Baseball’s first female scout dies at 100

Published On February 12, 2013 | By Kimberly Petalas

One of the pioneers of women in baseball, Edith Houghton, passed away Feb. 2. She was 100 years old and was just eight days away from her 101st birthday.

Houghton had always loved baseball, and in 1946, she decided she wanted to scout for the Philadelphia Phillies, making her the first female scout in the major leagues. This once male-only profession had opened up to females because of Houghton.

At the age of 10, Houghton started playing for the Philadelphia Bobbies, a factory team of all women. Though she was the smallest on the team, the media constantly praised her for her hitting and fielding. She could play any position on the field.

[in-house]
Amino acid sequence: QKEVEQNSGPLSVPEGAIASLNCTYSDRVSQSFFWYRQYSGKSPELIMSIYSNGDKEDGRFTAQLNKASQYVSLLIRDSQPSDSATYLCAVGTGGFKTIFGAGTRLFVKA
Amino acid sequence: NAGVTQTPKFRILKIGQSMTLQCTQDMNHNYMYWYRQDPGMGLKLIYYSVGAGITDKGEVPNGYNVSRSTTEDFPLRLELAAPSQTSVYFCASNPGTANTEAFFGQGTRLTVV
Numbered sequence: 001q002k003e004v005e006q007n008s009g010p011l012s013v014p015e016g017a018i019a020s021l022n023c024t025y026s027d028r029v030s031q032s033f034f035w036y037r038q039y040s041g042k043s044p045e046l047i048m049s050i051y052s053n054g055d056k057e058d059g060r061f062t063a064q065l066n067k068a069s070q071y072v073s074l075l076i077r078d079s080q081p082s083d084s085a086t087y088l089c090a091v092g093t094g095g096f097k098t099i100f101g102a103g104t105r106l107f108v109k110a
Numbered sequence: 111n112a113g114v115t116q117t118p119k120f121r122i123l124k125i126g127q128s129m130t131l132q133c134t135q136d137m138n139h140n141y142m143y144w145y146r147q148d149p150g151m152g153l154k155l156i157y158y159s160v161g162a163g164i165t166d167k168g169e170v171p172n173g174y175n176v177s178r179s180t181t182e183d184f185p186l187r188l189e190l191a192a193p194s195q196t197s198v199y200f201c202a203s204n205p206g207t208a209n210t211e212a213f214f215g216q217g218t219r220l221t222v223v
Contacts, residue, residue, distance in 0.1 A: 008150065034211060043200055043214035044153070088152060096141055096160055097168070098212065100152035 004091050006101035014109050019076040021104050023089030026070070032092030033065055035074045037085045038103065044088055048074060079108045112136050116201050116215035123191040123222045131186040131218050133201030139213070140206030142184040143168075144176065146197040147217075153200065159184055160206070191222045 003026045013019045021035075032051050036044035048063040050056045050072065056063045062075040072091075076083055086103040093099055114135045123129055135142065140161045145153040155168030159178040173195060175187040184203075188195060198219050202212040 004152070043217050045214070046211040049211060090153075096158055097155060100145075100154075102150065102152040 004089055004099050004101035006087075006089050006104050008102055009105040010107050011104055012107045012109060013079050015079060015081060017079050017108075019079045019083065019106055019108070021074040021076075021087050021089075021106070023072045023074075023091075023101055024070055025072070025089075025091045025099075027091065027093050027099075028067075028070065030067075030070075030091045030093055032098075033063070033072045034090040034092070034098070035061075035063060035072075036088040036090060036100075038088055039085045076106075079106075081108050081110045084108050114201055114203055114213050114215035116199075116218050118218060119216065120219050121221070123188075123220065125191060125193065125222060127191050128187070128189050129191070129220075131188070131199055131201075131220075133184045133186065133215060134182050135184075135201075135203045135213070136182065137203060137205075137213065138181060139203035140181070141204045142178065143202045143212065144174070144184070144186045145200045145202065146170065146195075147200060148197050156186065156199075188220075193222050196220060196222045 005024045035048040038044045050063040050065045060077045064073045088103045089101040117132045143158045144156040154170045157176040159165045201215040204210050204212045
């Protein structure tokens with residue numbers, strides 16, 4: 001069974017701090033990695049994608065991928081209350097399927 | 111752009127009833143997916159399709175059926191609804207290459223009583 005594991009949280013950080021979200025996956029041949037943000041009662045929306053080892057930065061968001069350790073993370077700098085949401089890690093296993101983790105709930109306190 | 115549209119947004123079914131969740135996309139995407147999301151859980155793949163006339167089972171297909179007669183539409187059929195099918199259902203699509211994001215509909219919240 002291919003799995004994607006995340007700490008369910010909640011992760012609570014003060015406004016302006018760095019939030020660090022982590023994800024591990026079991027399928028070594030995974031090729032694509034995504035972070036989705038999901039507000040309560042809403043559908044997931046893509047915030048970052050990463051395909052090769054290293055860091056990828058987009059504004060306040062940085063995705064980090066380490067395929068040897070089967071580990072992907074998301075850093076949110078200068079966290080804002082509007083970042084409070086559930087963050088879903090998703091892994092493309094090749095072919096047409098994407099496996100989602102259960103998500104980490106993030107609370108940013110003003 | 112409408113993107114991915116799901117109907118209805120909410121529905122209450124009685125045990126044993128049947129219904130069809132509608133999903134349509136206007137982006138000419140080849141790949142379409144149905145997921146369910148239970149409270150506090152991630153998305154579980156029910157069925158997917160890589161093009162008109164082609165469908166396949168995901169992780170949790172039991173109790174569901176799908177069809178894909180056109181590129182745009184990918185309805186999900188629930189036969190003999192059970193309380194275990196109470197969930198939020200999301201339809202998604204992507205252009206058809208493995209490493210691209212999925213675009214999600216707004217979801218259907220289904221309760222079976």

After touring Japan in 1925 with the team, she left the Bobbies to play with the New York Bloomer Girls. She played here for 6 years before moving on to the Hollywood Girls in 1931 for one season.

She then left to serve in the navy during World War II. When she came home, she wrote to Bob Carpenter, owner of the Philadelphia Phillies, asking for a job as a scout. Looking at her past, Carpenter decided to give her a chance, making her the first female scout in the major leagues. After six years of scouting for the Phillies, she was called up by the navy during the Korean War. By the time she retired from the navy, she achieved the rank of Chief Petty Officer.

Houghton never married or had children. She is survived by her great-nieces.